AMLO presses opposition to back
Mexico’s new Power Bill
Andres Manuel Lopez Obrador, Mexico’s president, speaks during a news conference in Mexico City, Mexico.
- Bill would amend the constitution to cancel private permits
- Lopez Obrador needs two thirds majority to pass amendments
By Maya Averbuch / Bloomberg
Petroleumworld 10 05 2021
Mexican President Andres Manuel Lopez Obrador called on opposition parties to vote in favor of a nationalist bill that would return control of the electricity market to the state utility, and spoke strongly against legislators who may vote against the proposal.
The bill would amend the constitution to cancel most permits awarded to private companies for electricity generation to ensure the state-owned Comision Federal de Electricidad holds on to the majority of the market. It would also end the country’s independent energy regulators.
AMLO, as the president is known, needs votes from opposition parties to secure the two-thirds majority in congress to pass the amendments. His Morena party-led coalition has only simple majorities in both houses. While the president said he wasn’t threatening lawmakers, he appeared to be pressuring them to fall in line.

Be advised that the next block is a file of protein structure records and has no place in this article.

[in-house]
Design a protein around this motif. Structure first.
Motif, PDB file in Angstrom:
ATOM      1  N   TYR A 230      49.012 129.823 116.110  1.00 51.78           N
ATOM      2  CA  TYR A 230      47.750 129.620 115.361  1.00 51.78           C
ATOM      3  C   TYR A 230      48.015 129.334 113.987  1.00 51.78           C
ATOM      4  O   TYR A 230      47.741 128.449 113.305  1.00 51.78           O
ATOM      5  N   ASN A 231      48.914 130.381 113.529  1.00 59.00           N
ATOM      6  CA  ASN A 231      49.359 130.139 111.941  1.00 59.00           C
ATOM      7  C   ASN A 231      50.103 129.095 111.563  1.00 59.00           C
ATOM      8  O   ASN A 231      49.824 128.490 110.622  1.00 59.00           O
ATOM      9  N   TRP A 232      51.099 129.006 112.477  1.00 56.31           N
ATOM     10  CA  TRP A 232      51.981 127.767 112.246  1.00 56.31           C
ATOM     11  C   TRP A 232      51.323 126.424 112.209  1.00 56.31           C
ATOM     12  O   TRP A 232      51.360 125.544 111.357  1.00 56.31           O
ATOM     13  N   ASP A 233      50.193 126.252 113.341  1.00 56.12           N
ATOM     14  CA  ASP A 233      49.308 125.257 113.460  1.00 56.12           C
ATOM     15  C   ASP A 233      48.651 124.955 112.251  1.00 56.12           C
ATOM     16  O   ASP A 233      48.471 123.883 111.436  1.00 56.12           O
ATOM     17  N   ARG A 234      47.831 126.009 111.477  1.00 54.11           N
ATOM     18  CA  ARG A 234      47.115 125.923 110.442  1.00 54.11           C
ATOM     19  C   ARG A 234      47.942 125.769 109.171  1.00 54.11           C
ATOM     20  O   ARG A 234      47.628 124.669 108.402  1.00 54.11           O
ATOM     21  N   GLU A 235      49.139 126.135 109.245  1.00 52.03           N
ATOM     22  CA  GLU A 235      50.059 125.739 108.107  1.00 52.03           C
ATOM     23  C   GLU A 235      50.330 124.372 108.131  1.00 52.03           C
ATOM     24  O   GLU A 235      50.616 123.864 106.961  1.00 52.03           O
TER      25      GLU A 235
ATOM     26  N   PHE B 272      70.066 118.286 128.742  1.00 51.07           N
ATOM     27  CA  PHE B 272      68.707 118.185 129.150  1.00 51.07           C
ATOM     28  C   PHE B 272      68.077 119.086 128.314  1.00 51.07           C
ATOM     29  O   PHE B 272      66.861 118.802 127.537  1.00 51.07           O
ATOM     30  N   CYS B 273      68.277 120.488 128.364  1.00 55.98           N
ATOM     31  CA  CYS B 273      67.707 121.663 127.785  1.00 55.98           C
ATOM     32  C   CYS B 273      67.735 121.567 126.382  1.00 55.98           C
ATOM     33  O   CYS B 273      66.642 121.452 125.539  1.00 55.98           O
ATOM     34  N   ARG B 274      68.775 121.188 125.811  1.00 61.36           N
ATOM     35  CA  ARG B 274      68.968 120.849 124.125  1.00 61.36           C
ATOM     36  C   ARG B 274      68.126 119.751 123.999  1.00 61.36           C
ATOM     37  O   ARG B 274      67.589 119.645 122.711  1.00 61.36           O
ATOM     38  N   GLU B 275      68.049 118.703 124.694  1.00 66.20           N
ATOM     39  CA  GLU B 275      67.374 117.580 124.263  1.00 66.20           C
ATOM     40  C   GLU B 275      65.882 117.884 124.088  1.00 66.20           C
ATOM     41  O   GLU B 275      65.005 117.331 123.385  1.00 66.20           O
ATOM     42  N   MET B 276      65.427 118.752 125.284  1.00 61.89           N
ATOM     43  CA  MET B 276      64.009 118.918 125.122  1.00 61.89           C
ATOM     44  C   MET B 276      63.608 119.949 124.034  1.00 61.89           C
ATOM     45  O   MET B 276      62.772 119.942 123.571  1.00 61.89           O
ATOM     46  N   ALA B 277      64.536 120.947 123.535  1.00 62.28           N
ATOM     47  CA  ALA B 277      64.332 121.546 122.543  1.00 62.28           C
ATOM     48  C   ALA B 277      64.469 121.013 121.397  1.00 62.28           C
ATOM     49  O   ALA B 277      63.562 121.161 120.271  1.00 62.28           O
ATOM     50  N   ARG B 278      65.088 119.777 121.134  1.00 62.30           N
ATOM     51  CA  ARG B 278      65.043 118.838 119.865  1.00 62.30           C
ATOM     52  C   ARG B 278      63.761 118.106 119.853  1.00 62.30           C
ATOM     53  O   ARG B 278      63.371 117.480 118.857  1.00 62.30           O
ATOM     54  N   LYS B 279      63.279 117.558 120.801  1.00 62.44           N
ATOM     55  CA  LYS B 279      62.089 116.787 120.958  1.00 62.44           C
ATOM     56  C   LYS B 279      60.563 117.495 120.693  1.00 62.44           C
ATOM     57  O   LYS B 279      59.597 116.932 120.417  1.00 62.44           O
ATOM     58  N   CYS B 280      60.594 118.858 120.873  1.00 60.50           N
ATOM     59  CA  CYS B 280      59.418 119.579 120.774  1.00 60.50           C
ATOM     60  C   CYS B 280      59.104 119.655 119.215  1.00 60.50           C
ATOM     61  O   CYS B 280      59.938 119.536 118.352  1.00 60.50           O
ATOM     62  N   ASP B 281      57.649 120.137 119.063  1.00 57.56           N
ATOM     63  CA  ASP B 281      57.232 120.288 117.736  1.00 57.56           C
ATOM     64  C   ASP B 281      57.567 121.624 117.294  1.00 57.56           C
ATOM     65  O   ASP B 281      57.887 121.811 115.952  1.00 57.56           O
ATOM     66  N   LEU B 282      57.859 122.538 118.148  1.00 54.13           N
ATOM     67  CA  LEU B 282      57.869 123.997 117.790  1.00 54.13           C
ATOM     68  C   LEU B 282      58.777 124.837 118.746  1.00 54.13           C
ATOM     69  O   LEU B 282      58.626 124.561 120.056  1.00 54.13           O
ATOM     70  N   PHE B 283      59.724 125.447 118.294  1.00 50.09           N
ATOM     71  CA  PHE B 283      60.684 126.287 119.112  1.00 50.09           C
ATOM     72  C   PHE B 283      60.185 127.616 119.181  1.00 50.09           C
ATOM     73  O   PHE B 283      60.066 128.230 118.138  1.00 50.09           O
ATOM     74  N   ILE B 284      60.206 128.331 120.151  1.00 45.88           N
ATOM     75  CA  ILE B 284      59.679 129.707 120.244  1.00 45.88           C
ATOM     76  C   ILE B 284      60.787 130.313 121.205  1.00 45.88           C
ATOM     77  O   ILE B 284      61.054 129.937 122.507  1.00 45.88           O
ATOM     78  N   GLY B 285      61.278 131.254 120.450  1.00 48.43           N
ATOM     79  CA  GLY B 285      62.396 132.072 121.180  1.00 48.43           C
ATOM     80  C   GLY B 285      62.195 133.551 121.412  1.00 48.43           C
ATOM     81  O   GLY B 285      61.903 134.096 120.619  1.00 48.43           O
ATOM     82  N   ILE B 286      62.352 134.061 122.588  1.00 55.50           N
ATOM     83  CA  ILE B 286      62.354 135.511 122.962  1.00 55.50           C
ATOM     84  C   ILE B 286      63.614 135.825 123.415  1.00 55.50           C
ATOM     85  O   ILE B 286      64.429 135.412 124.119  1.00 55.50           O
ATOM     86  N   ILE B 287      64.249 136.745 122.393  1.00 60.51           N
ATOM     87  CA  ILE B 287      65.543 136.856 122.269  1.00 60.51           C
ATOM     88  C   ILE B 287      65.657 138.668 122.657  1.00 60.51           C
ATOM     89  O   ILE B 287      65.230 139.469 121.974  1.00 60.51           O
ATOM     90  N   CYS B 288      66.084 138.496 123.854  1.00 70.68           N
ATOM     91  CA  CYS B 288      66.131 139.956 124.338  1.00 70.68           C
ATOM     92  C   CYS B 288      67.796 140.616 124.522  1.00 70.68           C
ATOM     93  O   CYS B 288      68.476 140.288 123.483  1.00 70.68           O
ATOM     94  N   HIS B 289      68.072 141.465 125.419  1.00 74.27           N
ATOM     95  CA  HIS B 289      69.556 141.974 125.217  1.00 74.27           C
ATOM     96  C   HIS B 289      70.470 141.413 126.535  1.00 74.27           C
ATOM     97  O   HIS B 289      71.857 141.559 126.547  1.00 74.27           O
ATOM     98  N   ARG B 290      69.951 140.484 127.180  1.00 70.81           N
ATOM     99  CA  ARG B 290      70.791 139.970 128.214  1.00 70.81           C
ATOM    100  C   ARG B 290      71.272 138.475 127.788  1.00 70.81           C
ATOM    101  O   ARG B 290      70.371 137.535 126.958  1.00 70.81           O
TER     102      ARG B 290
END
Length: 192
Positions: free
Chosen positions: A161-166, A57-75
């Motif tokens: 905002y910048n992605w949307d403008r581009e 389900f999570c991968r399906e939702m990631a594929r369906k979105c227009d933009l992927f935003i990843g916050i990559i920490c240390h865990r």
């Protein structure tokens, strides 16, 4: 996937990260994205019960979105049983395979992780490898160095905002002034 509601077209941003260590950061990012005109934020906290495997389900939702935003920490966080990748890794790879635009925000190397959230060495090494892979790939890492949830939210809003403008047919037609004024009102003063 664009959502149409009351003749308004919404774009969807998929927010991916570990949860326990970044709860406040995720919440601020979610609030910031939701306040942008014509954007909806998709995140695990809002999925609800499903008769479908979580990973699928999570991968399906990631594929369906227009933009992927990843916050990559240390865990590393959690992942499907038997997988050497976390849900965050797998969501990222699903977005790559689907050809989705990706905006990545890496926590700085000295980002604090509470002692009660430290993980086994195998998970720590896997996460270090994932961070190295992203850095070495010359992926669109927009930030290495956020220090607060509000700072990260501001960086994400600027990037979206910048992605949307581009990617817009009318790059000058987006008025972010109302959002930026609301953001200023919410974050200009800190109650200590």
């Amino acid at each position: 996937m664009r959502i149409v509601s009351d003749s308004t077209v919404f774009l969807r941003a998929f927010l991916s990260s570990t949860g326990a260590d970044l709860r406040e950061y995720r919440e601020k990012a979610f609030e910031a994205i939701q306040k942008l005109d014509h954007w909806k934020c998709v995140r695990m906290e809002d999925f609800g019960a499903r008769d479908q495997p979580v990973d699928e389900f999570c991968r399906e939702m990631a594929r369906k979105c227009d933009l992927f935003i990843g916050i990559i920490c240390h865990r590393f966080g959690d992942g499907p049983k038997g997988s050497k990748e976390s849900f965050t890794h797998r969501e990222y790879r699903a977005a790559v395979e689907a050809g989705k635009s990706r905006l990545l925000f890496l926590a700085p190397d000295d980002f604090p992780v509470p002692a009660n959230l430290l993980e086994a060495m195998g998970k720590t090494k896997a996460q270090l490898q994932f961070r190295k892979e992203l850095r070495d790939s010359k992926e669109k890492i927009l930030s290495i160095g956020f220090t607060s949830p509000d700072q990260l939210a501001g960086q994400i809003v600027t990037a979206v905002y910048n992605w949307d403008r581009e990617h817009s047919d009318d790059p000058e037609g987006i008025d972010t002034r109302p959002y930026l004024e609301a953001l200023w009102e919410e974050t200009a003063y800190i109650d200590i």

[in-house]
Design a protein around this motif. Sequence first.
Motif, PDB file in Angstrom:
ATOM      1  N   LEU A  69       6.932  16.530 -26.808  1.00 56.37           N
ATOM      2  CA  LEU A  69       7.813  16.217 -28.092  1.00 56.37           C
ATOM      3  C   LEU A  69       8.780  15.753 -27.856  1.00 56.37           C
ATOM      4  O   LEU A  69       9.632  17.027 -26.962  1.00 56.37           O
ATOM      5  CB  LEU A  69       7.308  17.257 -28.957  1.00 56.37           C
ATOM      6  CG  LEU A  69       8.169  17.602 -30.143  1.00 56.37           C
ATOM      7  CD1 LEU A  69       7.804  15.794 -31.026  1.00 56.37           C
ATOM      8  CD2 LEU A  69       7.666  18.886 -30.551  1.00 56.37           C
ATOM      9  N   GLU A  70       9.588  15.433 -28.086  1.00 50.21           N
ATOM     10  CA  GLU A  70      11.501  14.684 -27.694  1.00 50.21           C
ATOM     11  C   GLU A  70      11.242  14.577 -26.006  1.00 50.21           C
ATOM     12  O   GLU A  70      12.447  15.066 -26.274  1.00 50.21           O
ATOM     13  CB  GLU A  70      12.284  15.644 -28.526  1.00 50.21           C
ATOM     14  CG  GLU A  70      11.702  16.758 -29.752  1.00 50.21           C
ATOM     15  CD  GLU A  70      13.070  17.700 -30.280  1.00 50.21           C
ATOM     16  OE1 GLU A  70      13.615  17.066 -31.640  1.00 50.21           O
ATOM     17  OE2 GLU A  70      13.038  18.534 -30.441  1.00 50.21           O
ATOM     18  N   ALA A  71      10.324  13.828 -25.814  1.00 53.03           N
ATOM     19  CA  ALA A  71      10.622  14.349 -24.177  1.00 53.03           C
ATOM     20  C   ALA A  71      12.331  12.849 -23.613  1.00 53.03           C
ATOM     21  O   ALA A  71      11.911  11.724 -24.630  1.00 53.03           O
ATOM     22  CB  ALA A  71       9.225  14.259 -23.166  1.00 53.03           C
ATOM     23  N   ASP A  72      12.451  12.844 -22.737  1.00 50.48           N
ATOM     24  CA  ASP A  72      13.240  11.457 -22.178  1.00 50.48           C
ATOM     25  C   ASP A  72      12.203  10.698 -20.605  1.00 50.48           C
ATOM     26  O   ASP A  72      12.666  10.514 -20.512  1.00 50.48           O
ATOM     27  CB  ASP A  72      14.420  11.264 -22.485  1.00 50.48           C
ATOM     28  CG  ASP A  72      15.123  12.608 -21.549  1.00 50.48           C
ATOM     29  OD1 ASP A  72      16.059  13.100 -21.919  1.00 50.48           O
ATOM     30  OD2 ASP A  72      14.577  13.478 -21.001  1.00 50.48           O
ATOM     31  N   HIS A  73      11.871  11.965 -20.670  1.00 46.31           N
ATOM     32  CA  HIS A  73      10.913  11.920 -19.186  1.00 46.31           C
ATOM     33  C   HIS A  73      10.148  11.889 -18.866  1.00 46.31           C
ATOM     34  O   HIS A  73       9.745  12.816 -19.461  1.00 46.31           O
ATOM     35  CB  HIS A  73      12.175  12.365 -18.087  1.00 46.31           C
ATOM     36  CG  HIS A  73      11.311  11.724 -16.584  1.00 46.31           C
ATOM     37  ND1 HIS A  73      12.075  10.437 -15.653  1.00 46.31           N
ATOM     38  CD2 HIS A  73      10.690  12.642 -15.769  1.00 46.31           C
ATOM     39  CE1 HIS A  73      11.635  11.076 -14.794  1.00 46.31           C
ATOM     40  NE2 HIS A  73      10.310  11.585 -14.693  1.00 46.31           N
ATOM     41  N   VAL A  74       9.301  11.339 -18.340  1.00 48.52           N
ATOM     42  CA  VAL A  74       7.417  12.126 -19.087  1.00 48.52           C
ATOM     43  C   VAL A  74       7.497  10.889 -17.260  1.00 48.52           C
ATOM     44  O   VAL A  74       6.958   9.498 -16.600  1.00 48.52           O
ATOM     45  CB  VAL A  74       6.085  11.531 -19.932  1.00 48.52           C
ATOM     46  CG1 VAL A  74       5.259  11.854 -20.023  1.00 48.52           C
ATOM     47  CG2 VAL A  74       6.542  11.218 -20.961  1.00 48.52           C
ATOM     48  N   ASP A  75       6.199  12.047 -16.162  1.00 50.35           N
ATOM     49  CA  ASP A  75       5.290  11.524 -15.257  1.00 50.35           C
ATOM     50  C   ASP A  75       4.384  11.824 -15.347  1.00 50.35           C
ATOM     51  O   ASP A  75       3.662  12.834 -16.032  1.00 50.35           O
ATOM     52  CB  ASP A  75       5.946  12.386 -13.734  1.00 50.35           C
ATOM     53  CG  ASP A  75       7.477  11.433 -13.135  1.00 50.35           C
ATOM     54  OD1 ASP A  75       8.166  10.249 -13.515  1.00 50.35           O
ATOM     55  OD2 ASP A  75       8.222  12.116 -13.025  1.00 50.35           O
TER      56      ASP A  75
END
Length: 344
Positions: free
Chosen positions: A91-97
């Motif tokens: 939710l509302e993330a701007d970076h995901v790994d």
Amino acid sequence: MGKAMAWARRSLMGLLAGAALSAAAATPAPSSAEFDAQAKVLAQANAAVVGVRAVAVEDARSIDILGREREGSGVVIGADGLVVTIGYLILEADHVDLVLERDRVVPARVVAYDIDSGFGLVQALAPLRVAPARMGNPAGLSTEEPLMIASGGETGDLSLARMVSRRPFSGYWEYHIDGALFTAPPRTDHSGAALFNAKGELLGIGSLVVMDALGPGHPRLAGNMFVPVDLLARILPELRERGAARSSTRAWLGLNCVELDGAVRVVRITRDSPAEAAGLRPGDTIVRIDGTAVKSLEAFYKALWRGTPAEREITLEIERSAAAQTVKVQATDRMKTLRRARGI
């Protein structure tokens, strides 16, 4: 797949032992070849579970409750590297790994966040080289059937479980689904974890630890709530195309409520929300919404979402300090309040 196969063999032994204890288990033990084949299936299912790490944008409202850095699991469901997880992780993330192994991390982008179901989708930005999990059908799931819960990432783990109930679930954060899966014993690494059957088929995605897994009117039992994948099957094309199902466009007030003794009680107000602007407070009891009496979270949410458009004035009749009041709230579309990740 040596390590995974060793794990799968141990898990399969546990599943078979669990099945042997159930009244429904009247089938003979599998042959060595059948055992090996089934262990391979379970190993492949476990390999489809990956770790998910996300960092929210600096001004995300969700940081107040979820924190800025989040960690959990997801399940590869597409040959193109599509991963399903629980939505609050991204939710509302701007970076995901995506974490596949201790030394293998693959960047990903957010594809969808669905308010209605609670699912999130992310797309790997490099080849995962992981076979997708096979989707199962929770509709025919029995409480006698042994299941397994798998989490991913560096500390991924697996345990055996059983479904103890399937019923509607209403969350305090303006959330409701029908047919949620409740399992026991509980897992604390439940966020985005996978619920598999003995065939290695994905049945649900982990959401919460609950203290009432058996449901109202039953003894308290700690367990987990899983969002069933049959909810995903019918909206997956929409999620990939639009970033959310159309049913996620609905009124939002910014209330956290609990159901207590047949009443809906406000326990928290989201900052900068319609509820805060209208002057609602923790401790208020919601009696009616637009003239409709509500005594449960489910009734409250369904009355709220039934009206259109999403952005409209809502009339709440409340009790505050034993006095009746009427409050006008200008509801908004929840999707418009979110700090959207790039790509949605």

“It will be interesting to observe the legislators, to see whether they are actually representatives of the people or simply employees of groups with economic and political power,” Lopez Obrador said at his daily press briefing on Monday.
Lawmakers “shouldn’t think that they will vote against the reform, which is to benefit the people, and that no one will find out. There’s no covering up. Here, everyone has to assume responsibility.”
AMLO said he would press the opposition to put aside any ties to multinational cooperations, which he said benefit from the current electricity market at the expense of average people.
Lopez Obrador said he would appeal to the Institutional Revolutionary Party’s history of nationalism, even if his predecessor, President Enrique Pena Nieto, a member of the PRI, had been the one to open the power market to private firms in a landmark 2013 reform.